Every Friday, we choose an alum who has been making headlines—for better or for worse.
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David Boies ’66LLB

He’s represented everyone from George Steinbrenner to Napster, from Michael Moore to disgraced Enron exec Andy Fastow. In his best-known case, Bush v. Gore, he became the face of the Democratic Party, scrapping with GOP lawyer Ted Olson over Florida’s hanging chads. This week, David Boies ’66LLB is in the news alongside his old rival, challenging the California referendum that banned gay marriage.

Boies and Olson, a conservative Republican, teamed up to represent the plaintiffs in Perry v. Schwarzenegger—two same-sex couples who contend that Proposition 8 violated their constitutional rights. The trial, which began January 11 in federal court in San Francisco, “will blur the existing partisan divide on the issue between conservatives and liberals,” the Economist predicts. On the trial’s second day, Boies et al. called expert witness George Chauncey ’77, ’89PhD, a Yale historian, to explain the history of discrimination against gays and lesbians in America.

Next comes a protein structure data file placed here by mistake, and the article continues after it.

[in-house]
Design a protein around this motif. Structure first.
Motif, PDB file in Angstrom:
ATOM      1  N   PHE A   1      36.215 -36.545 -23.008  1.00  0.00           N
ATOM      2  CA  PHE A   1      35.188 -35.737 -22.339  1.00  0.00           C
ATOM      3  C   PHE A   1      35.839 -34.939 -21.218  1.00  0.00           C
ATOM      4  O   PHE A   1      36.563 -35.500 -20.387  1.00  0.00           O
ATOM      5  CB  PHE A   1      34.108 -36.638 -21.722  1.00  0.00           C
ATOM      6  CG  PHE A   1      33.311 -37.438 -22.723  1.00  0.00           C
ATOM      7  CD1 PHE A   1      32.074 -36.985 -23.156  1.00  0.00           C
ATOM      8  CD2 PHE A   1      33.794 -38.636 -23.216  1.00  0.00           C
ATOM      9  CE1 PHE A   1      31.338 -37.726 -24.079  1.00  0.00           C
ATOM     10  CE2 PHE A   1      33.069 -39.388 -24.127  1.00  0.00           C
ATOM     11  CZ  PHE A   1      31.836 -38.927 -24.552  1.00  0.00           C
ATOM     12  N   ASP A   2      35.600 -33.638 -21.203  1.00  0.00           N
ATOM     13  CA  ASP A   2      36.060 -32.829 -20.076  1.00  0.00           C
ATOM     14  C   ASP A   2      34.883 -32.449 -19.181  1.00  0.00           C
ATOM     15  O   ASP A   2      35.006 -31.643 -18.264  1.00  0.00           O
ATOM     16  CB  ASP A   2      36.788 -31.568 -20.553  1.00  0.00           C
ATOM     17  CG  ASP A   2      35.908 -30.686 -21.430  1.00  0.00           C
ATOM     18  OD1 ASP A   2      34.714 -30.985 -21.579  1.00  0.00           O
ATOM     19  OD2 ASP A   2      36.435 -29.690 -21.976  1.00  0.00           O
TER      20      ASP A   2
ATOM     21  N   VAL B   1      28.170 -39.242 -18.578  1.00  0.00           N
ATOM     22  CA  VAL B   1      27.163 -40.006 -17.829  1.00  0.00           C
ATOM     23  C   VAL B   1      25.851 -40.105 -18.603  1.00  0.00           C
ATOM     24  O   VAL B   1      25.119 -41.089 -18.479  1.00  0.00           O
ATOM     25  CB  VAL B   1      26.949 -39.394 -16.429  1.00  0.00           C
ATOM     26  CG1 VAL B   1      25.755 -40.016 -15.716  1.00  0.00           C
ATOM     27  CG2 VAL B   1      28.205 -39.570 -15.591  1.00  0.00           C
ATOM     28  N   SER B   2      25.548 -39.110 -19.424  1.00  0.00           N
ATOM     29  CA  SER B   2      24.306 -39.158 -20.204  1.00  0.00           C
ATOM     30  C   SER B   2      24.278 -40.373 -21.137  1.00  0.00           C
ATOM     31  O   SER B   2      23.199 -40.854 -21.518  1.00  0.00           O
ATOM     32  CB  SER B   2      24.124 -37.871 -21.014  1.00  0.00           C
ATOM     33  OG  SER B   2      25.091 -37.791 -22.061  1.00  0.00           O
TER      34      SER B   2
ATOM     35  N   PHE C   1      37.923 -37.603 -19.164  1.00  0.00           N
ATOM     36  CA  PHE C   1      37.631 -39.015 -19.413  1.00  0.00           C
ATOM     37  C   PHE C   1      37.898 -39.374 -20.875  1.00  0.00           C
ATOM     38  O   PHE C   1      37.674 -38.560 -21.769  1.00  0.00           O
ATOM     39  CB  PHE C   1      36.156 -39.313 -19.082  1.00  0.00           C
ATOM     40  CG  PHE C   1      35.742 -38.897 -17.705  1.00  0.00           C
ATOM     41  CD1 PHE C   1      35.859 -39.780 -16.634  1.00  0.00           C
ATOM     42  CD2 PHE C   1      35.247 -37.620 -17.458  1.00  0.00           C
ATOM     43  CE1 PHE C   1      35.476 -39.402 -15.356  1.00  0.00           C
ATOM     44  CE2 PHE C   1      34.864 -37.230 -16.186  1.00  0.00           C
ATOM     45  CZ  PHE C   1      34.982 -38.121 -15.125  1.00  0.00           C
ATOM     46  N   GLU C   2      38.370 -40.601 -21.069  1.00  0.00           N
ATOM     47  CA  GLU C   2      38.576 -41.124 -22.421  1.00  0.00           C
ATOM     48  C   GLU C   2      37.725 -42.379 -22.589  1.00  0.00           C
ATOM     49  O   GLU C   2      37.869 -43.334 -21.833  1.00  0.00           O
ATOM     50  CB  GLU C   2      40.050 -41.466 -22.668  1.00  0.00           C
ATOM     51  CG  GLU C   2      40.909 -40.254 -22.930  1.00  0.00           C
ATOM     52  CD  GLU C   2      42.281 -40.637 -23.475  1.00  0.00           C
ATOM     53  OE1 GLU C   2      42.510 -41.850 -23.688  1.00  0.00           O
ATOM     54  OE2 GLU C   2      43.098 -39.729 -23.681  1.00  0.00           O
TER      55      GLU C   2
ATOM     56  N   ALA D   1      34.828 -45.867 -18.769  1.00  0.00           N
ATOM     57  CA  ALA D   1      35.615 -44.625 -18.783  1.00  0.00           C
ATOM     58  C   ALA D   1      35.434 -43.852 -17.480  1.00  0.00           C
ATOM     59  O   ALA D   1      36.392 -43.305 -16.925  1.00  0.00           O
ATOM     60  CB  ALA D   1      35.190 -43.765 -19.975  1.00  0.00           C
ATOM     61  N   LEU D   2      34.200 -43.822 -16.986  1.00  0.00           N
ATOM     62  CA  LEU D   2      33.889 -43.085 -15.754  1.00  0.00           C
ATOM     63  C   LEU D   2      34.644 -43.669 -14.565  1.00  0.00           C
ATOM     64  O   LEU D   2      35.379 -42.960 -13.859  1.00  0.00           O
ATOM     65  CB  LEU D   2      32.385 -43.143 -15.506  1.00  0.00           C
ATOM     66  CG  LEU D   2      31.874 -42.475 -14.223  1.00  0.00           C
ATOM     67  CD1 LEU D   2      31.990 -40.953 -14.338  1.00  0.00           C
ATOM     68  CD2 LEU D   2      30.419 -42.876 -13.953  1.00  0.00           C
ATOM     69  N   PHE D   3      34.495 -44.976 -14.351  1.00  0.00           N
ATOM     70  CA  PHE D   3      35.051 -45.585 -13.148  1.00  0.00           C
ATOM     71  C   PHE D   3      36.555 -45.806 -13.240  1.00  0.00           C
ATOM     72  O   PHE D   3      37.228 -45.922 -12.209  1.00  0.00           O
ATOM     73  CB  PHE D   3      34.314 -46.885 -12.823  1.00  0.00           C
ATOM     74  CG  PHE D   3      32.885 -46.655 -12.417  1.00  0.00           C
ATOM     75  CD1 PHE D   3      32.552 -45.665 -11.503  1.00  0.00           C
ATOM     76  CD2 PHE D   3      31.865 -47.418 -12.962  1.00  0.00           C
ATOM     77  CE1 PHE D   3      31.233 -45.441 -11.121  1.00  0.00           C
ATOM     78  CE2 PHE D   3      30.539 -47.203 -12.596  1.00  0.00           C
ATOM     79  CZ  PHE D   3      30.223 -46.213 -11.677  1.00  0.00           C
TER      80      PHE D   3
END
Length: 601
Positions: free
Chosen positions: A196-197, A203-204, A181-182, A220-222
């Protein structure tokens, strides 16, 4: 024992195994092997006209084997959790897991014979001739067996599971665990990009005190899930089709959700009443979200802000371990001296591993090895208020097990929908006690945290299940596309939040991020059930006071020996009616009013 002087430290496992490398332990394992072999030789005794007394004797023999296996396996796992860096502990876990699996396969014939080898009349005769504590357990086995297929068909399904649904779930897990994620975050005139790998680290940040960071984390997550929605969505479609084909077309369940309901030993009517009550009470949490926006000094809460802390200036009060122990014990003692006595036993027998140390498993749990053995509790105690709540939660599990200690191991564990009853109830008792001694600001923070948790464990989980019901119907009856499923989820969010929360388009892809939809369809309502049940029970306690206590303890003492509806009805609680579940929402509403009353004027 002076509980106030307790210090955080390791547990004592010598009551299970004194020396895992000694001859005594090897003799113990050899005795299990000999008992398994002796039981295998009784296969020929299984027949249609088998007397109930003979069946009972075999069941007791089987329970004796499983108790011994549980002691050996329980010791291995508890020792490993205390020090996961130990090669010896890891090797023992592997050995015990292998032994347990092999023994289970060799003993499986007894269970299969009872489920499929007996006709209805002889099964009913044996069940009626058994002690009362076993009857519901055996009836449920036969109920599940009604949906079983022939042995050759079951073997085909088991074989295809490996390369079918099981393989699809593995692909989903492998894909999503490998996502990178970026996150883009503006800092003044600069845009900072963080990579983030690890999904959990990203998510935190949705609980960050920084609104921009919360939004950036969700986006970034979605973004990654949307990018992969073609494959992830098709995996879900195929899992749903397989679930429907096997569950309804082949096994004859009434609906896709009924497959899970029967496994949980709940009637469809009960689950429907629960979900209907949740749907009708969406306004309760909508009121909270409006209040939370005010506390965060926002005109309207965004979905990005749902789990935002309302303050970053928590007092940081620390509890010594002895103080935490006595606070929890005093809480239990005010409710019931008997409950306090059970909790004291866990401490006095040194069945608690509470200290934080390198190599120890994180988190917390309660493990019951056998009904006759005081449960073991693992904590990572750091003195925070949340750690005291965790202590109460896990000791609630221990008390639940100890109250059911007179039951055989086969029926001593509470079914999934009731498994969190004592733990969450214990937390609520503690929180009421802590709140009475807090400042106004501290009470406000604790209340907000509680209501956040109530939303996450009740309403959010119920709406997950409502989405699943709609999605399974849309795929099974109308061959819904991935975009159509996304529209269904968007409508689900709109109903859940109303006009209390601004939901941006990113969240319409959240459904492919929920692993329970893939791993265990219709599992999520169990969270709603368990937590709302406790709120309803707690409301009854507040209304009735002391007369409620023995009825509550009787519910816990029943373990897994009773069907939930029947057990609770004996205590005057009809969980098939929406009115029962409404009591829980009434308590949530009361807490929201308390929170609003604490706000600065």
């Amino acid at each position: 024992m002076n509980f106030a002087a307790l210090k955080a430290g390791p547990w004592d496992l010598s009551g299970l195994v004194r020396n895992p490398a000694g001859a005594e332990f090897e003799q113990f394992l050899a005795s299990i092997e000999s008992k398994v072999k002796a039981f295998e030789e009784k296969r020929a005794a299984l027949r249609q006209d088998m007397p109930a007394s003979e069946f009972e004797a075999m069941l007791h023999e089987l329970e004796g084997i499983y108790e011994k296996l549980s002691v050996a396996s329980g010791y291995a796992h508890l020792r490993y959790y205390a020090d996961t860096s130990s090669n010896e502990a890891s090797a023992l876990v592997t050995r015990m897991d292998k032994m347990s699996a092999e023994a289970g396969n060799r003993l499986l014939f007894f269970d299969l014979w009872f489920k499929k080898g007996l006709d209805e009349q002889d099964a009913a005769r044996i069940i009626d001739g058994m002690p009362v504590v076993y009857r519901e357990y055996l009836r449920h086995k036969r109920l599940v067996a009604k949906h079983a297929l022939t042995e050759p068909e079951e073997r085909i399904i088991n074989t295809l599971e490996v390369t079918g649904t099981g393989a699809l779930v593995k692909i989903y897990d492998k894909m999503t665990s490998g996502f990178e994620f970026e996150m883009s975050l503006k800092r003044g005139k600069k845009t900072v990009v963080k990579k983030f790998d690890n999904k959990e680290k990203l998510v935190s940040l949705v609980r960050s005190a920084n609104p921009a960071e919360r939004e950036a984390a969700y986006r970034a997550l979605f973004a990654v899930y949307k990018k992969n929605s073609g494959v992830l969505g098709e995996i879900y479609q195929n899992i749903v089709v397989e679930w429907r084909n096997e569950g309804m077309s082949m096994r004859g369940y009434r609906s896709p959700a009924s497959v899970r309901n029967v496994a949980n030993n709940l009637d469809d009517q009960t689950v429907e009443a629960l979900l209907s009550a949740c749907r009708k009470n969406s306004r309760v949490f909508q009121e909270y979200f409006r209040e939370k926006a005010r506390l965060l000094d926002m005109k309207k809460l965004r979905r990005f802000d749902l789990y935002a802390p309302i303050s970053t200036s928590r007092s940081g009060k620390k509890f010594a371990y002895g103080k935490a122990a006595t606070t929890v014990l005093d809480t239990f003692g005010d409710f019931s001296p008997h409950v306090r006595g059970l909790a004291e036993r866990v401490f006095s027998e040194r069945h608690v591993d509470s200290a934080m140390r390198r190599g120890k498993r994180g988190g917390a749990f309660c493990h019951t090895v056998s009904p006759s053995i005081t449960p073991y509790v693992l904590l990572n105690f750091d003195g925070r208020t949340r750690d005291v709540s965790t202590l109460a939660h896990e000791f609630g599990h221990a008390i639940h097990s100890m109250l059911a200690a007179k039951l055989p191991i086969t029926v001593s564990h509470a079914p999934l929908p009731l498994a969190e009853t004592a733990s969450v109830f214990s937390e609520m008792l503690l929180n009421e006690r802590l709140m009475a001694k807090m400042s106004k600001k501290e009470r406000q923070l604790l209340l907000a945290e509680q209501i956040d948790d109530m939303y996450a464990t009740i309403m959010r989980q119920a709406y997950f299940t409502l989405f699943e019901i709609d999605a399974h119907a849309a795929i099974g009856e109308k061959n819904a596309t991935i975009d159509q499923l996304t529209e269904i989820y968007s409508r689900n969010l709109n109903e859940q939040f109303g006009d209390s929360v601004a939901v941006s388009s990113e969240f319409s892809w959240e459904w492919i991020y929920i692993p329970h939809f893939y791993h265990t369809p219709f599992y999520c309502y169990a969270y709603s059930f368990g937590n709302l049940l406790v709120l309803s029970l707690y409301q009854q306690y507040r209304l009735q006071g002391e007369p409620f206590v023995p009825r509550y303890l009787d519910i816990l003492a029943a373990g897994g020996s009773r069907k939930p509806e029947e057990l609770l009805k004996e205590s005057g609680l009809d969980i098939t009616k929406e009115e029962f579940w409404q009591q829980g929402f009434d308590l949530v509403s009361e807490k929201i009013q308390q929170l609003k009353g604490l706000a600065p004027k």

Some gay-rights activists last year criticized Boies and Olson for their tactical decision to force the issue now. “How do you decide when the time is right to vindicate one’s constitutional rights?” Boies responds. “Both Ted and I feel we have more than five votes on the Supreme Court, but this issue isn’t going away. Plessy v. Ferguson was not the final word on segregation, nor will a defeat, if that happens, end this battle.”

Filed under Law School, lgbtq, civil rights
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